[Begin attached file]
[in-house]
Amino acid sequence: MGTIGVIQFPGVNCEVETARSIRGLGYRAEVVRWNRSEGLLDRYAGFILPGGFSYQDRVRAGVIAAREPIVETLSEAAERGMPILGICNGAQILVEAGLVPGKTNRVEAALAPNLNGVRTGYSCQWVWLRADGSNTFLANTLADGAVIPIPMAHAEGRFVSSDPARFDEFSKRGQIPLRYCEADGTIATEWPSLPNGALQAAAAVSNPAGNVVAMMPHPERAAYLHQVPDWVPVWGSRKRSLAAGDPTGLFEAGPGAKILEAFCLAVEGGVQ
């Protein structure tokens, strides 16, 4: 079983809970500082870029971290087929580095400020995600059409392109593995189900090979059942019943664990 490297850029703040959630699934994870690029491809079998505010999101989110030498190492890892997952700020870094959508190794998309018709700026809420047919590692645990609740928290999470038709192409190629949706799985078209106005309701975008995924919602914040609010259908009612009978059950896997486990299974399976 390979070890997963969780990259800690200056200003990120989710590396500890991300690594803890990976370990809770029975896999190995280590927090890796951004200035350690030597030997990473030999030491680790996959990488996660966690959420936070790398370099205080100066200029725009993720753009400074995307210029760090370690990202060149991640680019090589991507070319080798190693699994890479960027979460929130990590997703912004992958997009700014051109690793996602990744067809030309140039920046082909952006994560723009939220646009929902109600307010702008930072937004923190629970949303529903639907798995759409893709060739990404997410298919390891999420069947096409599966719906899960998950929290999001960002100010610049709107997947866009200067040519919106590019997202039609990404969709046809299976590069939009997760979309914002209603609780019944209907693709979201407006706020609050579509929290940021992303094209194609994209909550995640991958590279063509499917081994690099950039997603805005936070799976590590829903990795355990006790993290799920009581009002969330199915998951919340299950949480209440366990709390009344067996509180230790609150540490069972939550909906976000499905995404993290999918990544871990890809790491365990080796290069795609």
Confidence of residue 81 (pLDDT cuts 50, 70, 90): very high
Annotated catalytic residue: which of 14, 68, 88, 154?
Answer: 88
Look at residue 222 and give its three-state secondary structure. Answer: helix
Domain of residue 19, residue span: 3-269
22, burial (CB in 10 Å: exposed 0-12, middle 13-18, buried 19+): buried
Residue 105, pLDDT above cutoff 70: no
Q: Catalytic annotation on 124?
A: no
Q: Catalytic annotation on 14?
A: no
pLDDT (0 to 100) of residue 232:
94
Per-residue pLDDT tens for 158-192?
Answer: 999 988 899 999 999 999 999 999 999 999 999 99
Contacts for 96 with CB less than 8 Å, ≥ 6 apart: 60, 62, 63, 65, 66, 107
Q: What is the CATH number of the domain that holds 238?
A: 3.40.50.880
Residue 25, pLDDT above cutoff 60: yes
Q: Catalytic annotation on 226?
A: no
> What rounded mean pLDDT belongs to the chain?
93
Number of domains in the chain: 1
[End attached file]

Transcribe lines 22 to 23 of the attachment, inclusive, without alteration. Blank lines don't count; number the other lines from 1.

Residue 25, pLDDT above cutoff 60: yes
Q: Catalytic annotation on 226?